I can imagine someone who thinks he or she is cool—and who perhaps really is cool—denigrating someone else who allegedly thinks he or she is cool, by calling that person a scrub; but arguing that a scrub is fundamentally someone who thinks he or she is cool but actually isn't makes no more sense than saying that a square is fundamentally someone who thinks he or she is a trendsetter but actually isn't. In both cases the assertion goes against generations of contrary usage. In the case of scrub, the essence of the insult relates to the scrub's irrelevance and talentlessness, not to the person's false sense of coolness.

  • You are being pedantic here. "A guy who thinks he's fly and is also known as a busta" is just part of an extended example given by TLC, not a definition. The example continues, "...always talkin' 'bout what he wants and just sits on his broke ass." They are speaking of the qualities of this particular scrub. It is also arguable from the rest of song that TLC's use of the word is closer to "a contemptible person."
    – Nimrod
    Commented Mar 27, 2017 at 3:44

The Oxford English Dictionary has a few relevant definitions:

  • "A mean insignificant fellow", dated to 1589

  • "A hard-worked servant", dated to 1707

  • "A player belonging to a weaker team", dated to 1892


Etymonline.con has this to say about scrub. see scrub(n.1)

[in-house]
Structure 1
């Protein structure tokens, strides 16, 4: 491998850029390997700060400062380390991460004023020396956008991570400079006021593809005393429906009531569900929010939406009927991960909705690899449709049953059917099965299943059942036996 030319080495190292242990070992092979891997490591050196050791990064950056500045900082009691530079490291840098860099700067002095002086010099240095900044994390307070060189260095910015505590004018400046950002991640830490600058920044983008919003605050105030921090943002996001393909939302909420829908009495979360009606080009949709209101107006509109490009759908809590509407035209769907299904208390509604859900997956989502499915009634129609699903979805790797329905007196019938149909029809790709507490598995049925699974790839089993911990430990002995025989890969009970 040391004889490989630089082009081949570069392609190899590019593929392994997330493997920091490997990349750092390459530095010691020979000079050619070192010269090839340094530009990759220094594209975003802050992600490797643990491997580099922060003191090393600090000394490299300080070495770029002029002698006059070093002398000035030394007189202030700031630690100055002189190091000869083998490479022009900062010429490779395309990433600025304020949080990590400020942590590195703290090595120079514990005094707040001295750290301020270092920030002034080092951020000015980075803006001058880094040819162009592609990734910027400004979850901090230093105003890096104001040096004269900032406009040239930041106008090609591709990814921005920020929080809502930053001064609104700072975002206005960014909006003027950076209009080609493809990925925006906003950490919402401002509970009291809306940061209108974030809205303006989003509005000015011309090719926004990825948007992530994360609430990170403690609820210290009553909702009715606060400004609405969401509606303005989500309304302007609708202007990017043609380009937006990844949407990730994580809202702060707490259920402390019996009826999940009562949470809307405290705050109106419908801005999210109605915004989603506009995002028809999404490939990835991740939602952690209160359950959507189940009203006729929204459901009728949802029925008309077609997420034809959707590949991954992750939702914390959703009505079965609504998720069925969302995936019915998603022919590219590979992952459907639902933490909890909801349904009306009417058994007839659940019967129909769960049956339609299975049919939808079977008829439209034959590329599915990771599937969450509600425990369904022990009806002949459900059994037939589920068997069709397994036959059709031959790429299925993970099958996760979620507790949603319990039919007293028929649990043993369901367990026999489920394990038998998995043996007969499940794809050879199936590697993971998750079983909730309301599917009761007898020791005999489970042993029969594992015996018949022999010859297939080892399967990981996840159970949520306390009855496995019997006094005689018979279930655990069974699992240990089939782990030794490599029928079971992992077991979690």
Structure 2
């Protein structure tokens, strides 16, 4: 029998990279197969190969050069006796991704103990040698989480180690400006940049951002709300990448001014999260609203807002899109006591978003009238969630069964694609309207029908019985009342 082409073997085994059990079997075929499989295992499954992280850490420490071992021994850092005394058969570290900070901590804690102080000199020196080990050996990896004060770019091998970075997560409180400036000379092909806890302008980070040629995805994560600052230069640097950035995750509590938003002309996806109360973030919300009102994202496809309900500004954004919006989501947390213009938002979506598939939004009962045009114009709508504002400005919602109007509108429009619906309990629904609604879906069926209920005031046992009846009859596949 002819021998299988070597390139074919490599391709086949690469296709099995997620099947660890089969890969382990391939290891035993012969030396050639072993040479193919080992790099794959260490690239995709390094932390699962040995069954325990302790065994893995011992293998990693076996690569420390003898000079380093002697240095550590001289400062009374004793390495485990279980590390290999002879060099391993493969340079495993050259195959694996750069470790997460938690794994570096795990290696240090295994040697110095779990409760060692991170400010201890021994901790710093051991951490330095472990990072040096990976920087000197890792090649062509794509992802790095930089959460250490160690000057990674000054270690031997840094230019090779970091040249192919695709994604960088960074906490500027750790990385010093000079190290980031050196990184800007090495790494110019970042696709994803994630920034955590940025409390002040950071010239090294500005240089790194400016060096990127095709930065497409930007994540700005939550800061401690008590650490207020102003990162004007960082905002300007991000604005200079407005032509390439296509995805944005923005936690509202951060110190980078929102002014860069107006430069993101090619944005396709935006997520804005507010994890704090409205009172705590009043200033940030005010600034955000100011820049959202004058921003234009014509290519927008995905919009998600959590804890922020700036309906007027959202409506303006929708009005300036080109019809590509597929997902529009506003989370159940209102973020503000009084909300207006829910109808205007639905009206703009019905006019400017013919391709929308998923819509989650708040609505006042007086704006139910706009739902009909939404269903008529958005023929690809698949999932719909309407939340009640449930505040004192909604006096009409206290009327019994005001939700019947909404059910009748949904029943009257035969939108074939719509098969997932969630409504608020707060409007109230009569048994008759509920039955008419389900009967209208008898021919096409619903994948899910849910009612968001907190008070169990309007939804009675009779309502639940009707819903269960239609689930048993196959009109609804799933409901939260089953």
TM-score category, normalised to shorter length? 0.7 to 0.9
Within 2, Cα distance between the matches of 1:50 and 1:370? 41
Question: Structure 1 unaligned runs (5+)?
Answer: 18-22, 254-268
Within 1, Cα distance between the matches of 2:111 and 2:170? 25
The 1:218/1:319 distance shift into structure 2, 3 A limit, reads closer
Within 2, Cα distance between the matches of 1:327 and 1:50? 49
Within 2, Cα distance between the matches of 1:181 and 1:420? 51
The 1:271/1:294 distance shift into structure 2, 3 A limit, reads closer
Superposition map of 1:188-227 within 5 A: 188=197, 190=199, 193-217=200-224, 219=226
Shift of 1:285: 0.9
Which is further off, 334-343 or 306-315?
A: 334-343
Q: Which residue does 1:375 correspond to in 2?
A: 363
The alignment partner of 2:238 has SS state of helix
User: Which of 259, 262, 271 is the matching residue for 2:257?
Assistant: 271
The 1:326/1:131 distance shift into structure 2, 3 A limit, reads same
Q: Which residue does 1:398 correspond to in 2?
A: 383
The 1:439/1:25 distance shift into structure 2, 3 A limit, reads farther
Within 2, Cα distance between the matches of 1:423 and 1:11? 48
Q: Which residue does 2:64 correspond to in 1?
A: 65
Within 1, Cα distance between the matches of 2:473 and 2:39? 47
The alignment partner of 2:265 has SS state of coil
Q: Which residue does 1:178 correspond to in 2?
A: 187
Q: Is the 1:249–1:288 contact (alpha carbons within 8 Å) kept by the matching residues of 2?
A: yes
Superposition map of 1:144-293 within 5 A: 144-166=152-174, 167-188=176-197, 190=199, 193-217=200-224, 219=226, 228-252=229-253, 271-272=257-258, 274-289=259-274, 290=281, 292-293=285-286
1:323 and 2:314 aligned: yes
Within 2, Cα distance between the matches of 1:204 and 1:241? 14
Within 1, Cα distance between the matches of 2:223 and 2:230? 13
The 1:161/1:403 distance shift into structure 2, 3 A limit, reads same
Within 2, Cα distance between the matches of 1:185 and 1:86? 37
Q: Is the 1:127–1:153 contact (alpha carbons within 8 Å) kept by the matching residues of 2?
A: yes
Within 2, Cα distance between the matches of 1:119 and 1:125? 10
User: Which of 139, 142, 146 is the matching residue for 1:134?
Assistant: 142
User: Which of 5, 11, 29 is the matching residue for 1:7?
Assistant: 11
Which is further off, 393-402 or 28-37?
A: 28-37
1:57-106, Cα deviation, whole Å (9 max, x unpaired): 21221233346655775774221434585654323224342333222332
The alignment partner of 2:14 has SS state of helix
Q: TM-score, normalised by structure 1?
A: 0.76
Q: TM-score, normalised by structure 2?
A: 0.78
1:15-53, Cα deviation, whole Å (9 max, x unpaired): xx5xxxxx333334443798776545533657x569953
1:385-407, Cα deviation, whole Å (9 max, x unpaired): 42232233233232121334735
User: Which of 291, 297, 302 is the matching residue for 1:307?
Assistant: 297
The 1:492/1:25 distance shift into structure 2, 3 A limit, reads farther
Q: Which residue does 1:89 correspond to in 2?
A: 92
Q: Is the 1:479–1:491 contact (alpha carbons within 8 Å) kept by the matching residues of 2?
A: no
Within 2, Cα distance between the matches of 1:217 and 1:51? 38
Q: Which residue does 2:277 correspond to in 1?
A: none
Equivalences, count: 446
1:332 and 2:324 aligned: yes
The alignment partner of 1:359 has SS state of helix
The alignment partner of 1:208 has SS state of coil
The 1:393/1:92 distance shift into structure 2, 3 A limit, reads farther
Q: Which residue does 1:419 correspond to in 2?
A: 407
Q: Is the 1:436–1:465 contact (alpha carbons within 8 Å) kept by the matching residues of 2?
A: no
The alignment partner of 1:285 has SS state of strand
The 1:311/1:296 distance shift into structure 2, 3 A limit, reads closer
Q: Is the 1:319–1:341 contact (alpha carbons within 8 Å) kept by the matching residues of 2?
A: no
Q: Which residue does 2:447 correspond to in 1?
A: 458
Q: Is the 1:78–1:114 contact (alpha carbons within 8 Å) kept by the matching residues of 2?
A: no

The second paragraph seems to say the way TLC used it (which I believe means a man without wealth) was first documented in 1709, slightly before the popular R&B hip-hip combo became successful.

Etymonline doesn't have a reference for scrubber, that would be nice to know as well

  • Well this is a nice answer, but I'm not sure I agree with your interpretation of that second sentence having the right meaning. Excerpt from the song: "A scrub is a guy who thinks he's fly, and is also known as a buster. Always talkin' about what wants, and just sits on his broke ass". Maybe we can't get too serious here, but I think the meaning includes some kind of false presentation, and not just a man without wealth (which your etymonline reference clearly includes).
    – cduston
    Commented Jun 3, 2014 at 14:44
  • 2
    @cduston I suspect serious regarding the lyrical choices of TLC is stretching a point. TLC may well include a sense of false representation but I think their basic point is If you got no money, you won't get this honey as shown by the lyrics ...broke ass and If you don't have a car and you're walking and If you live at home wit' your momma which are clear indicators of a lack of 'G' (referenced by Ms L.E.Lopez in her Rap-solo) and compounded by the rather blunt Wanna get with me with no money, Oh no I don't want no (oh)
    – Frank
    Commented Jun 3, 2014 at 15:07
  • 2
    I know we are not supposed to add comments of the form "gee great comment" but seriously - utilizing an air of scholarship around TLC lyrics makes your comment priceless, and convinces me of your answer. Well done!
    – cduston
    Commented Jun 4, 2014 at 5:31
  • 2
    @cduston An air of scholarship ! Nothing to do with my M.A. in TLC lyrics; the meanings and the wider applicability to the empowerment of young women in the last decade of the 20th century? ;)
    – Frank
    Commented Jun 4, 2014 at 5:45

It comes from the Nintendo 64 game "The Legend of Zelda: Majora's Mask", where somebody begins the game as a Deku Scrub, after being turned into one very early in the story. Players who were not able to reach a point where they would return to their human form would be a) terrible at the game and b) scrubs forever.

  • 3
    Sorry, the song (1999) predates your video game (2000).
    – cduston
    Commented Dec 16, 2014 at 17:06

Not the answer you're looking for? Browse other questions tagged or ask your own question.